Printed from http://tektonics.org/jwsandname.php
The insistence upon the use of "Jehovah" as the only proper way to address God is a distinctive that is bespoken in the very name "Jehovah's Witnesses" itself. Yet this seems to be one of the weakest of their doctrines in terms of ability to defend.
The issue is not whether or not "Jehovah" is an allowable translation (many agree that it is acceptable, since we really do not know the right vowel combination from the Hebrew YHWH), but whether it is the only and exclusive way to refer to God.
Now in one sense this is already, clearly, a tempest in a teapot. Certainly no one is going to assign God another name such as Fred or Jerry or Wilma. But the root of the matter is explained on the Watchtower site thusly:
...many modern Bibles do not contain the name, and it is rarely used in the churches. Hence, far from being "hallowed," it has been lost to millions of Bible readers.
Has it been "lost"? I hardly think so -- any decent study Bible will explain about YHWH and the Tetragrammaton, and there are hundreds of books of OT theology with plenty of details. I know of few who do not know that "the LORD" represents a Hebrew name, YHWH. The question then becomes, do we do God an injustice by replacing YHWH with such words?
The site goes on to say, "God's name was clearly of crucial importance to Jesus, since he mentioned it repeatedly in his prayers." What this means is well known to apologists, and we will not repeat their arguments in detail (see links below); suffice to summarize that the word "name" was often a synecdoche for the entire person and their reputation (Gen. 12:2, "And I will make of thee a great nation, and I will bless thee, and make thy name great; and thou shalt be a blessing...") and that this offers an explanation for the command to "hallow the name" of God in a way that does not mean simply that we are required to constantly use it as a reference.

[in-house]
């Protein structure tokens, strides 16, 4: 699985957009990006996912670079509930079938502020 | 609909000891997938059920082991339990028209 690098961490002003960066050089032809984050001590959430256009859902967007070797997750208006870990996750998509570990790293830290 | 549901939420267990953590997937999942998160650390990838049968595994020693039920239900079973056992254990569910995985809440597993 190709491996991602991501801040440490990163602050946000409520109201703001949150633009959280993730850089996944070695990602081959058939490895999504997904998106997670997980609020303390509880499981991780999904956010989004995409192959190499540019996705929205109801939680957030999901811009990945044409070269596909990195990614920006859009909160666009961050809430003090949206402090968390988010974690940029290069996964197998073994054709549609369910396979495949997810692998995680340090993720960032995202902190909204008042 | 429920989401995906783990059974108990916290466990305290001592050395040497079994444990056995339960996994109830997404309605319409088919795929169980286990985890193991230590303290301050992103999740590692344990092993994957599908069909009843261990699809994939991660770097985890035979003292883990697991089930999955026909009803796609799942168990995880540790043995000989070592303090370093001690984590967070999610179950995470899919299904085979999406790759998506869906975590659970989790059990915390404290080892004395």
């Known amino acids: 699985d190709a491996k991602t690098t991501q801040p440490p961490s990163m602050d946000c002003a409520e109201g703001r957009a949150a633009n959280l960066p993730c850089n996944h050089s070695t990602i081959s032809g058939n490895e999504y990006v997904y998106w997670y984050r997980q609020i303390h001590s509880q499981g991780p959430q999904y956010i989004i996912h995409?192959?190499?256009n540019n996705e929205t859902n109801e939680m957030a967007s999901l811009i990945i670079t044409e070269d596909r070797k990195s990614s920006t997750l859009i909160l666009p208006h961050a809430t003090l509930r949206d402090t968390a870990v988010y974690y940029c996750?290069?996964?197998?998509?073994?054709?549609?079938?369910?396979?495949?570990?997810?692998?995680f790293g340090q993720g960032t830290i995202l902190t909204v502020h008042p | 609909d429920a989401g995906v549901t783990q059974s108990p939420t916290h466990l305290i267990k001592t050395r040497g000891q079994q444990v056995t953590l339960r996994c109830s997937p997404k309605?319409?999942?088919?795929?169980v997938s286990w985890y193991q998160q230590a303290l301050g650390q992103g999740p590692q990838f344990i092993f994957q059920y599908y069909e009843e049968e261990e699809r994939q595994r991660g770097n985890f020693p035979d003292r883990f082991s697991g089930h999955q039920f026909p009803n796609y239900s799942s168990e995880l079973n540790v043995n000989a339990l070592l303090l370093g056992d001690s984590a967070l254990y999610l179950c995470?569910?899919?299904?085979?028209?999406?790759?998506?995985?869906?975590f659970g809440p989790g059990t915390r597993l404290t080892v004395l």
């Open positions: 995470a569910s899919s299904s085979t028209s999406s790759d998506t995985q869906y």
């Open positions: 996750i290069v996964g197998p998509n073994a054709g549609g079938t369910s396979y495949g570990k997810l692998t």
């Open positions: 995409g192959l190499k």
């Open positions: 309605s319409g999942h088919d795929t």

The Watchtower site has no answer (other than some of the same we see below) for the matter of YHWH not appearing anywhere in the NT (even though there are other Aramaic or Hebrew words used, for far less trivial reasons), or for the unjustified insertion of the divine name in the NWT text. The NT Greek uses kurios, "Lord," when repeating OT cites, and there is zero textual evidence to the contrary, which is definitive in light of the number and age of the Greek NT mss. we have and the fact that if "Jehovah" appeared even once in the NT, no one could possibly have controlled the entire textual tradition to the extent needed to completely cover it up. Moreover, there is not a hint of a "divine name" controversy in the early church.
Perhaps one of the most aggressive JW apologetic sites on the Net -- apparently now defunct -- tried to explain this significant problem in the JW equation with some rather creative explanations:
- According to the author, older copies of the Greek Old Testament (Septuagint/LXX) use the Hebrew divine name rather than kurios. Hence, "we can easily deduce that if the writers of NT in their quotations of the OT used the LXX they would surely have left the Tetragrammaton in their writings the way it recurred in the Greek version of the OT."